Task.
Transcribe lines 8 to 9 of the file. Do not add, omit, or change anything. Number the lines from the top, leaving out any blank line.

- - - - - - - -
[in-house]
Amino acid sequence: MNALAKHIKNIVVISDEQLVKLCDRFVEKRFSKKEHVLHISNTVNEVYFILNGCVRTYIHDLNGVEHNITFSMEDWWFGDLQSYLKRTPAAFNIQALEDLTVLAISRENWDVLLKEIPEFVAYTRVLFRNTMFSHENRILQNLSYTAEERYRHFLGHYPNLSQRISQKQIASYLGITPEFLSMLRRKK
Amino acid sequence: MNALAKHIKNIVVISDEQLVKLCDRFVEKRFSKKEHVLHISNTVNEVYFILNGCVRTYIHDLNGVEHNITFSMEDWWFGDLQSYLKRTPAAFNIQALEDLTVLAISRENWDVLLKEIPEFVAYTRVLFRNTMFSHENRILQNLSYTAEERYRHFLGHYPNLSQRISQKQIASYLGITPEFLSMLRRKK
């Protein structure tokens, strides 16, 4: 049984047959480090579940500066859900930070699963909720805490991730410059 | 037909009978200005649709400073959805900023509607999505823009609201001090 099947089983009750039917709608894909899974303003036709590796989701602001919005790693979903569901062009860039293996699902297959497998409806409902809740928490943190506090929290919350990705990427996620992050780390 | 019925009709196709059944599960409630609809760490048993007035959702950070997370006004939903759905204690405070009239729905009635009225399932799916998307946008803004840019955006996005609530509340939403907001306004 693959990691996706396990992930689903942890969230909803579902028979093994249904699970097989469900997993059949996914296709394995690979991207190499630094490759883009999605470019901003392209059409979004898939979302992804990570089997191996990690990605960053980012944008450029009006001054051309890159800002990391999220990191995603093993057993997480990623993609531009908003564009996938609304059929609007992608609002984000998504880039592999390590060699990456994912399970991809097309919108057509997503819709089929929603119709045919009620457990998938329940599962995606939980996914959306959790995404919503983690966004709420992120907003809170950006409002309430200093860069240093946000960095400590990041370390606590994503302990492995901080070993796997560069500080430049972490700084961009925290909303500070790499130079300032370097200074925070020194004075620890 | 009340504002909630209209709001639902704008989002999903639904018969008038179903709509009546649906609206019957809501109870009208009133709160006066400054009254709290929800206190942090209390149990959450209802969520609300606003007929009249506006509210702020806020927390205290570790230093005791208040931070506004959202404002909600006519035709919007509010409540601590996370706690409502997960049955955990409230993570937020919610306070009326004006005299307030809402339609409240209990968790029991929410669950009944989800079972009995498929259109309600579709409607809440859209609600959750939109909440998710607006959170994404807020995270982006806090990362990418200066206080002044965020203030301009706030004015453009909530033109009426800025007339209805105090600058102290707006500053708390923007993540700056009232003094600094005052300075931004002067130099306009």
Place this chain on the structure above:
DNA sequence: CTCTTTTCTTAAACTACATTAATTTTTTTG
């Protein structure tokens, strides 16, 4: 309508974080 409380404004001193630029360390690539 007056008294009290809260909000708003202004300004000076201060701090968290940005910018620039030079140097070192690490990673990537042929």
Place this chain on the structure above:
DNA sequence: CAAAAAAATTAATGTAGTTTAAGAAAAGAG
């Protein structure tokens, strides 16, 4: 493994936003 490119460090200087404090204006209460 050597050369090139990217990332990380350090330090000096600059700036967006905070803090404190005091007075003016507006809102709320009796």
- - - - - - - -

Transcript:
Place this chain on the structure above:
DNA sequence: CAAAAAAATTAATGTAGTTTAAGAAAAGAG